Carl (Bobo) Olson, whose increasing durability as world's middleweight champion was demonstrated last week when he whipped the rugged French challenger, Pierre Langlois, is a laconic young man who wears his crown with the confident air of the successful street fighter. Bobo was one, and his experience as a bare-knuckle alley battler serves him well today in a business where the struggle for survival is sometimes decided not by the fittest fists but by the fastest bucks. In a racket-ridden climate and with the public taking an ever dimmer view of sad TV ring spectacles, Olson remains one of the few who provides satisfactory entertainment with his spluttering fists.
Bobo and his equally unloquacious manager, Sid Flaherty, can play it straight and tough because they occupy a unique position as independent operators. Recently chosen Fighter of the Year by the New York boxing writers, Olson is but one of a score of Flaherty fighters. Two others, Maurice Harper, a welterweight, and Eddie Chavez, a lightweight, are top contenders. The Flaherty stable, by far the biggest in the country, is also bountiful enough to write its own ticket?to a degree.
THE DEVIL HIMSELF
The degree, it seems, has a great big dollar sign in front of it. "We're fighting for only one thing?money," Flaherty says candidly. "Bobo's days of apprenticeship are over." And Bobo echoes: "If the devil himself wants to fight, and they'll pay enough, Sid and me will fight him."
A fortnight ago this remark, made somewhat earlier, gained a special pertinence. Despite Flaherty's fancy-free role as a big West Coast operator with enough boxers at all weights to provide top billing on several nationwide cards at once, he signed a three-year contract with James D. Norris Jr., president of the International Boxing Club (SI, Dec. 13), by which Norris will promote bouts for Flaherty in the Midwest and East.
As Flaherty explained it: "It's all give and take in this business, and in my book Jim Norris is an honorable man. I've signed this because it's good for both of us and in spite of any differences Jim and I have had in the past. Jim's friends are his personal business. That's got nothing to do with it. I've got a big stable and I need good relations with Jim Norris. This contract represents the International Boxing Club's recognition that California is virgin territory and that I can do Norris some good by arranging fights out here just as he can help me in the East. It's as simple as that. Jim Norris remains a top man with me."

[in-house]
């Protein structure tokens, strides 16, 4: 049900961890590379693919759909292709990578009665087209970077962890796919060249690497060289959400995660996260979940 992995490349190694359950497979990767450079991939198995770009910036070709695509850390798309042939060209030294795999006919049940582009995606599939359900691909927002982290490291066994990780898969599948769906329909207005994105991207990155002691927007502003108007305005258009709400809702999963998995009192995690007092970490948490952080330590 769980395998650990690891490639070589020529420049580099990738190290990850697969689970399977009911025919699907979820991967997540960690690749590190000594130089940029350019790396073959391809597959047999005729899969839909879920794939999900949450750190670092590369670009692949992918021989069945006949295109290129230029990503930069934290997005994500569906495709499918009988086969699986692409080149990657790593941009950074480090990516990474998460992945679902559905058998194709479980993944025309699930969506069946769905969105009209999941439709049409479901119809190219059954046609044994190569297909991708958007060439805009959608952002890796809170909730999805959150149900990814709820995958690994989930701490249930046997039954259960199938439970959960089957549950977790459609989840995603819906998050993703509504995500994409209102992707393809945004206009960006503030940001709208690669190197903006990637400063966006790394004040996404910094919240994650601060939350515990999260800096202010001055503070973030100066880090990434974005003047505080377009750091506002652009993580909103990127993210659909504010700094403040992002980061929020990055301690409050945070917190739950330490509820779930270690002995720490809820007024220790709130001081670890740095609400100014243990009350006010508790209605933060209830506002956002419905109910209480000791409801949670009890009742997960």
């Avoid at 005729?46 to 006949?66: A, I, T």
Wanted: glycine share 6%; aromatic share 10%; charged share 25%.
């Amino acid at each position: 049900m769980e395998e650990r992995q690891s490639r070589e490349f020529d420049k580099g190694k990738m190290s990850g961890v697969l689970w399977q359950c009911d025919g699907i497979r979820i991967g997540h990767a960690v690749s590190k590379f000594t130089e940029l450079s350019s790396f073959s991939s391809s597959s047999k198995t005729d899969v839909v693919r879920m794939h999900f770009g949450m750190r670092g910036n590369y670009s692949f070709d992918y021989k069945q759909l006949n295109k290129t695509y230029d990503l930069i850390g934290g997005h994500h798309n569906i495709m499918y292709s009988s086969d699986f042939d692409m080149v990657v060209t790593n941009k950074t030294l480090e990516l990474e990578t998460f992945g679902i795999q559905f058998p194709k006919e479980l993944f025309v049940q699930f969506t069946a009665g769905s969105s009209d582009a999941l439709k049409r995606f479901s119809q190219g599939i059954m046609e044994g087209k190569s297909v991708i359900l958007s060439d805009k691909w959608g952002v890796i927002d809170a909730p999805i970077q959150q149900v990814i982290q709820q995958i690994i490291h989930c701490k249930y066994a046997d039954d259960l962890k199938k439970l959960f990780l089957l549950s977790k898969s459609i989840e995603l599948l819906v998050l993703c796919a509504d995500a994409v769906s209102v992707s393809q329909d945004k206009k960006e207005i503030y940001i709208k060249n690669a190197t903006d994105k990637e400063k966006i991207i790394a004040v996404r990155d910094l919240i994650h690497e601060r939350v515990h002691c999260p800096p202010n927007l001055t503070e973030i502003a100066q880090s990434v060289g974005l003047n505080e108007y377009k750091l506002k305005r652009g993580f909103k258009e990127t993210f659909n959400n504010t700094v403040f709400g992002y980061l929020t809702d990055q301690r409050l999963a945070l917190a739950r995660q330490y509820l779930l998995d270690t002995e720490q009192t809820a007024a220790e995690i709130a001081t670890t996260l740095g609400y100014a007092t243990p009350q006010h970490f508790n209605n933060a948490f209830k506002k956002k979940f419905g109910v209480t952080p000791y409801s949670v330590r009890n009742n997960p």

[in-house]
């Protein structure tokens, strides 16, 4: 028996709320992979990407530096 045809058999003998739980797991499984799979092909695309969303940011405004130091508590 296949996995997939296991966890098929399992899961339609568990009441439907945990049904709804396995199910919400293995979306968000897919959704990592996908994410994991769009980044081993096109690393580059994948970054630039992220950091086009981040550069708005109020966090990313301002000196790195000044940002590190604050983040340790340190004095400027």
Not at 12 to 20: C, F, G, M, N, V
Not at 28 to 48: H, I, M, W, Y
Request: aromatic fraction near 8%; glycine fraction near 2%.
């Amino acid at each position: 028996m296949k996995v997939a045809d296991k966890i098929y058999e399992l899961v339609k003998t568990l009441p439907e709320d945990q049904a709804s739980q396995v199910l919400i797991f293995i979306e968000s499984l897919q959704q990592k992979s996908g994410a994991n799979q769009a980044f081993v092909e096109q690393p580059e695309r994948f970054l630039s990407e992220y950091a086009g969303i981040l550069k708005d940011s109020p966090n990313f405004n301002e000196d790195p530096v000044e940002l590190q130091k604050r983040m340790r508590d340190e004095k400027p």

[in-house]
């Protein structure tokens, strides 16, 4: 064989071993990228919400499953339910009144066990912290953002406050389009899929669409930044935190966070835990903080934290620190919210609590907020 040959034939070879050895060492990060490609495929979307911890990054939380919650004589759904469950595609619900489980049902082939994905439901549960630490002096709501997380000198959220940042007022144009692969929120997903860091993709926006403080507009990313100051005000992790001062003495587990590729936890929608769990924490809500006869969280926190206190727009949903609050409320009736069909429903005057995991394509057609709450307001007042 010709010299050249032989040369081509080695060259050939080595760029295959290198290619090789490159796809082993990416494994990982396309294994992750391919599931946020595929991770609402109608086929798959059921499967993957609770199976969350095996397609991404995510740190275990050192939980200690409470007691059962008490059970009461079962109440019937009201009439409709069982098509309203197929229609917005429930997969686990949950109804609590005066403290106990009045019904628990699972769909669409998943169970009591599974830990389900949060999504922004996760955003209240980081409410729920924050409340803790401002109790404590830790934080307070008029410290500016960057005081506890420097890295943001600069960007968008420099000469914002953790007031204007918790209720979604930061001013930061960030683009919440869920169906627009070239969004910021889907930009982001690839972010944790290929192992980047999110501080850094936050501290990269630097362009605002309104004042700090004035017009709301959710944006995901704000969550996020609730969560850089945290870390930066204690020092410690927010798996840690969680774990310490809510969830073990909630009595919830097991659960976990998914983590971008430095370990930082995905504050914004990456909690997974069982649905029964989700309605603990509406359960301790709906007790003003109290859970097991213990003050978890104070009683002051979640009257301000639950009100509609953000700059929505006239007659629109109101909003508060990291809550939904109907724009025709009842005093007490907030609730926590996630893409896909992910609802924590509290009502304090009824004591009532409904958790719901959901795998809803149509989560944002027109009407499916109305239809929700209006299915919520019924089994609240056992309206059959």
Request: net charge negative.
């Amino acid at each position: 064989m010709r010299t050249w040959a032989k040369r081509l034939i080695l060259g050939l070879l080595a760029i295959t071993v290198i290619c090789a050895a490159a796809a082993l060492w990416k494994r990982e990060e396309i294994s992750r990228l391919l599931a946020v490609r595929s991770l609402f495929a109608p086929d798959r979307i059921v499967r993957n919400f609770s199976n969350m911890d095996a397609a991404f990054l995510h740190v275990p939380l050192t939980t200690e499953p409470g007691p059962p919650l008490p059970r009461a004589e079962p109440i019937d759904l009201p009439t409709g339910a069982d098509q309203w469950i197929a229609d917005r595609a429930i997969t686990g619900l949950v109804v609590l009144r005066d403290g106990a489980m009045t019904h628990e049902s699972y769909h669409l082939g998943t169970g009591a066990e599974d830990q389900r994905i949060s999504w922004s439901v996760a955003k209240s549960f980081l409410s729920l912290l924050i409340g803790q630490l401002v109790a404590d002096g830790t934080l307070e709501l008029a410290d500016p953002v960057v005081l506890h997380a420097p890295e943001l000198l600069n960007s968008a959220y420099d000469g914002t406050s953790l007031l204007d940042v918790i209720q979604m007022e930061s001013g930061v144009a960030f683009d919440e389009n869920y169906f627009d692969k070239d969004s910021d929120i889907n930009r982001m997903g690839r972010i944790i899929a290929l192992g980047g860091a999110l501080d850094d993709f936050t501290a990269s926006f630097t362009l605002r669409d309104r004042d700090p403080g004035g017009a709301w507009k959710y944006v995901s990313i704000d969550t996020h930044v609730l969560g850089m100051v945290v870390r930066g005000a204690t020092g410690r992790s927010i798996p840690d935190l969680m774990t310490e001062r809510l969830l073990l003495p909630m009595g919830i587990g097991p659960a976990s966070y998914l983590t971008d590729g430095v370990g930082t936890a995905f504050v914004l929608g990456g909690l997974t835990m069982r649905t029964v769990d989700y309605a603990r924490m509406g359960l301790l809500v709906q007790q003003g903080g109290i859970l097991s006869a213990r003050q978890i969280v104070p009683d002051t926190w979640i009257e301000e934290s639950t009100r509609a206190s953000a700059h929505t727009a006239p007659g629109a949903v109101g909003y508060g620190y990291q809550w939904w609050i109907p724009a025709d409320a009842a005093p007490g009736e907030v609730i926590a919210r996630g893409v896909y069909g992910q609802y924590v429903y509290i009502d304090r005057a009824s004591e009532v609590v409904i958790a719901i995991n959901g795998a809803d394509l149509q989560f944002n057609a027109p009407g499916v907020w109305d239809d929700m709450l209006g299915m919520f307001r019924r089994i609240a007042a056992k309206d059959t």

Whether or not Flaherty will be able to use a long enough spoon when he sups with Norris and such friends of his as Frankie Carbo remains to be seen. Until now the Flaherty-Olson combination has seldom been beholden to anyone. As a businessman-boxer team, they have parlayed crowd-pleasing fights into a proper fortune.
Flaherty and Olson, to both of whom boxing has been strictly business from the start, are a truly scientific combination. Watching Bobo fight, with Sid in his corner, is not unlike observing a busy football coach and an even busier quarterback on the busiest Saturday afternoon. While Bobo flails away, tactically on his own as a boxer has to be, big, burly Flaherty, 6-feet 3-inches of lumbering authority, constantly flashes hand signals to him.
Olson's natural ring savvy is enhanced by what Flaherty calls the readiest "eye" in the business; a magnificent ability to see an opponent's thrust coming, defend himself against it, and then lash away inside. Strategically, however, Flaherty remains in charge, mapping the battle round by round.
Perhaps the best example of the kind of fight Olson and Flaherty put on was Bobo's victory last April over Kid Gavilan, then world's welterweight champion. Gavilan was trying to step up a notch and take Bobo's crown away. A seasoned, tricky and polished fighter in his own right, the Kid was outsmarted by a combination of Flaherty's corner cues and Bobo's close counterpunching. As Bobo himself explains it when he thinks he has fought well: "My legs and my arms, they work perfectly together tonight."